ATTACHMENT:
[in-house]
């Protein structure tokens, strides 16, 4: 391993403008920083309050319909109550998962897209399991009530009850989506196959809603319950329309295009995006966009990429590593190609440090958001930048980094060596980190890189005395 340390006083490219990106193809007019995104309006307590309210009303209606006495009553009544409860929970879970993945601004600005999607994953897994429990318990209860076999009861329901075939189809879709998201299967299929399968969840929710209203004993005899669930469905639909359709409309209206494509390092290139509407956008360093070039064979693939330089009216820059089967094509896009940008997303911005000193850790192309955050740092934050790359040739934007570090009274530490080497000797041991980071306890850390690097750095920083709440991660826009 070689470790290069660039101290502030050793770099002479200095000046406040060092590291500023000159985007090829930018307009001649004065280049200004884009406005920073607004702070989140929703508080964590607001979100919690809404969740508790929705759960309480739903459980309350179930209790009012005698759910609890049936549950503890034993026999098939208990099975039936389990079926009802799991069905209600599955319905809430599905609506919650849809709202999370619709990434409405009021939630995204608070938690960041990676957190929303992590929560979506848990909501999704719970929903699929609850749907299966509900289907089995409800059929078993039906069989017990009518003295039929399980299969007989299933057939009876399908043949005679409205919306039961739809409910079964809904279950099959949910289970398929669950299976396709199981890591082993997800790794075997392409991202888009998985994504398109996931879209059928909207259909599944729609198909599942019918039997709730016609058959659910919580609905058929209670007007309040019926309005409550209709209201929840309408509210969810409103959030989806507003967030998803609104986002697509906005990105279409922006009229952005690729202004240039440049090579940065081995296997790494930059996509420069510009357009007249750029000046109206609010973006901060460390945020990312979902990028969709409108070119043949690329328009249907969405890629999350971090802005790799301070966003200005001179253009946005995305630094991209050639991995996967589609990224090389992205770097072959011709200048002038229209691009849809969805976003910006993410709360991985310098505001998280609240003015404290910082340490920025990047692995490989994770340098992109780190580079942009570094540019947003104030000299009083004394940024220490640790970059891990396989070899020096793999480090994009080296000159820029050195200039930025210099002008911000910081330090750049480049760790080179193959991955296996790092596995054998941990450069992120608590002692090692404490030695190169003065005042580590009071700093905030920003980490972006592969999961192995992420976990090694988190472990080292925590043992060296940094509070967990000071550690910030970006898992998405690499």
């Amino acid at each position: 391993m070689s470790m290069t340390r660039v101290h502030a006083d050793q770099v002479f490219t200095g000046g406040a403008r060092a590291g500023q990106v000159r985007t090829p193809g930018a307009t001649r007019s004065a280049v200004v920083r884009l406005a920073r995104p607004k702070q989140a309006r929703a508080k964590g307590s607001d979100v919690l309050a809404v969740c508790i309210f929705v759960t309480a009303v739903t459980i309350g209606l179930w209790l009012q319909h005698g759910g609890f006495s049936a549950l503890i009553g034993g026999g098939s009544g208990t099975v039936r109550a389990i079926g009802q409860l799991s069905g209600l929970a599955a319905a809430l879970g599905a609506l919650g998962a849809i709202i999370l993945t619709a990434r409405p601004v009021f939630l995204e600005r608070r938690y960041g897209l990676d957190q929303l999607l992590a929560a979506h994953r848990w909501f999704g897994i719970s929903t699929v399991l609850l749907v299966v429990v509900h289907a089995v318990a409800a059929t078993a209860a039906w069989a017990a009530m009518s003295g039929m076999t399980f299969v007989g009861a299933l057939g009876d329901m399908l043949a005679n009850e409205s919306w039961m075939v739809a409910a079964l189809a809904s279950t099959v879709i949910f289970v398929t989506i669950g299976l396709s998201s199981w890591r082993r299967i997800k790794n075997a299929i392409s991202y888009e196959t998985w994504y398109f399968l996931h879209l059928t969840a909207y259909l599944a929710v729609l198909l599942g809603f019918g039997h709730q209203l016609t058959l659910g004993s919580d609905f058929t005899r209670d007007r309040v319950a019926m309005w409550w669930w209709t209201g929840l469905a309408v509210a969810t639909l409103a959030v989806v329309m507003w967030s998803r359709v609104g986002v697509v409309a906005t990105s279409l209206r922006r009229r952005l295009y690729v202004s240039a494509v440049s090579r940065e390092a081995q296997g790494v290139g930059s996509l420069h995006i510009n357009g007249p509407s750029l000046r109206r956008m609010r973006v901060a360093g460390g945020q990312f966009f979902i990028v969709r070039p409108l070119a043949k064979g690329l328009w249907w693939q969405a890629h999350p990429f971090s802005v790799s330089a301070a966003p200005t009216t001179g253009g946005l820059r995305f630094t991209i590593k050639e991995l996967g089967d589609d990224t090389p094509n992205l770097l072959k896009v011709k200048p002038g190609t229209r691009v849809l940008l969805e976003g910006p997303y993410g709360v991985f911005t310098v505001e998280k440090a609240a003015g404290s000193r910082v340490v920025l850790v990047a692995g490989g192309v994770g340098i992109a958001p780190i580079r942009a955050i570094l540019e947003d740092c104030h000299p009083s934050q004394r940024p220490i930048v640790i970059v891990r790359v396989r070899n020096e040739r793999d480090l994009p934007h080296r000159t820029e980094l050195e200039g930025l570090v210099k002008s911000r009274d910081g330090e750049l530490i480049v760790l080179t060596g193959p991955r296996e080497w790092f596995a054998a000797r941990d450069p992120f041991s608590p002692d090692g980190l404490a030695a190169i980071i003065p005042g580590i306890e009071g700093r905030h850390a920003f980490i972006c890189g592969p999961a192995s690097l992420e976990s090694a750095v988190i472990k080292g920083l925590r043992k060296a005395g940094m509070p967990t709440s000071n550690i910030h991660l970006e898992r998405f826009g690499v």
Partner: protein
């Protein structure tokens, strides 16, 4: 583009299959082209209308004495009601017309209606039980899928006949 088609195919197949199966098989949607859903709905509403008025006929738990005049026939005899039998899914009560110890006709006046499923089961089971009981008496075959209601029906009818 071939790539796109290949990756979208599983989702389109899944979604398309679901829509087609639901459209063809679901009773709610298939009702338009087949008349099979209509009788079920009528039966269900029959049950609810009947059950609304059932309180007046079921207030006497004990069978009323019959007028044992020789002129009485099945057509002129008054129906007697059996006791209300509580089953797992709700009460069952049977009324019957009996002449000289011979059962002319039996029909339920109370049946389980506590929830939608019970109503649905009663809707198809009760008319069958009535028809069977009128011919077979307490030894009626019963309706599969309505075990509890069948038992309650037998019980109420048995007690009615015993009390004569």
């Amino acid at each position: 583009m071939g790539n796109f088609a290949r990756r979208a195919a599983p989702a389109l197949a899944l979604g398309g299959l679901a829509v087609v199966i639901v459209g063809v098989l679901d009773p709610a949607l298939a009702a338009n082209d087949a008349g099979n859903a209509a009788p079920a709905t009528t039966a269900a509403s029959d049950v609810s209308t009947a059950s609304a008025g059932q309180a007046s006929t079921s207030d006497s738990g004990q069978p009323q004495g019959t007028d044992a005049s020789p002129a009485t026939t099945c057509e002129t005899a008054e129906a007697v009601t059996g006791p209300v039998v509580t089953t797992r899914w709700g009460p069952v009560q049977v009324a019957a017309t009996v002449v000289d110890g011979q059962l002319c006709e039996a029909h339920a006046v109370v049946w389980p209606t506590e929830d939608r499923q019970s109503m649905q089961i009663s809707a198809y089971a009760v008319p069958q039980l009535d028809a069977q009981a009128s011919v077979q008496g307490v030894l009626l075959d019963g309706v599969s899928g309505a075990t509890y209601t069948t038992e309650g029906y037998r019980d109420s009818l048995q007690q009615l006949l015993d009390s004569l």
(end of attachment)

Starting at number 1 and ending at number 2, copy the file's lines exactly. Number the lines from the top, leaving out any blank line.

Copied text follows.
[in-house]
């Protein structure tokens, strides 16, 4: 391993403008920083309050319909109550998962897209399991009530009850989506196959809603319950329309295009995006966009990429590593190609440090958001930048980094060596980190890189005395 340390006083490219990106193809007019995104309006307590309210009303209606006495009553009544409860929970879970993945601004600005999607994953897994429990318990209860076999009861329901075939189809879709998201299967299929399968969840929710209203004993005899669930469905639909359709409309209206494509390092290139509407956008360093070039064979693939330089009216820059089967094509896009940008997303911005000193850790192309955050740092934050790359040739934007570090009274530490080497000797041991980071306890850390690097750095920083709440991660826009 070689470790290069660039101290502030050793770099002479200095000046406040060092590291500023000159985007090829930018307009001649004065280049200004884009406005920073607004702070989140929703508080964590607001979100919690809404969740508790929705759960309480739903459980309350179930209790009012005698759910609890049936549950503890034993026999098939208990099975039936389990079926009802799991069905209600599955319905809430599905609506919650849809709202999370619709990434409405009021939630995204608070938690960041990676957190929303992590929560979506848990909501999704719970929903699929609850749907299966509900289907089995409800059929078993039906069989017990009518003295039929399980299969007989299933057939009876399908043949005679409205919306039961739809409910079964809904279950099959949910289970398929669950299976396709199981890591082993997800790794075997392409991202888009998985994504398109996931879209059928909207259909599944729609198909599942019918039997709730016609058959659910919580609905058929209670007007309040019926309005409550209709209201929840309408509210969810409103959030989806507003967030998803609104986002697509906005990105279409922006009229952005690729202004240039440049090579940065081995296997790494930059996509420069510009357009007249750029000046109206609010973006901060460390945020990312979902990028969709409108070119043949690329328009249907969405890629999350971090802005790799301070966003200005001179253009946005995305630094991209050639991995996967589609990224090389992205770097072959011709200048002038229209691009849809969805976003910006993410709360991985310098505001998280609240003015404290910082340490920025990047692995490989994770340098992109780190580079942009570094540019947003104030000299009083004394940024220490640790970059891990396989070899020096793999480090994009080296000159820029050195200039930025210099002008911000910081330090750049480049760790080179193959991955296996790092596995054998941990450069992120608590002692090692404490030695190169003065005042580590009071700093905030920003980490972006592969999961192995992420976990090694988190472990080292925590043992060296940094509070967990000071550690910030970006898992998405690499």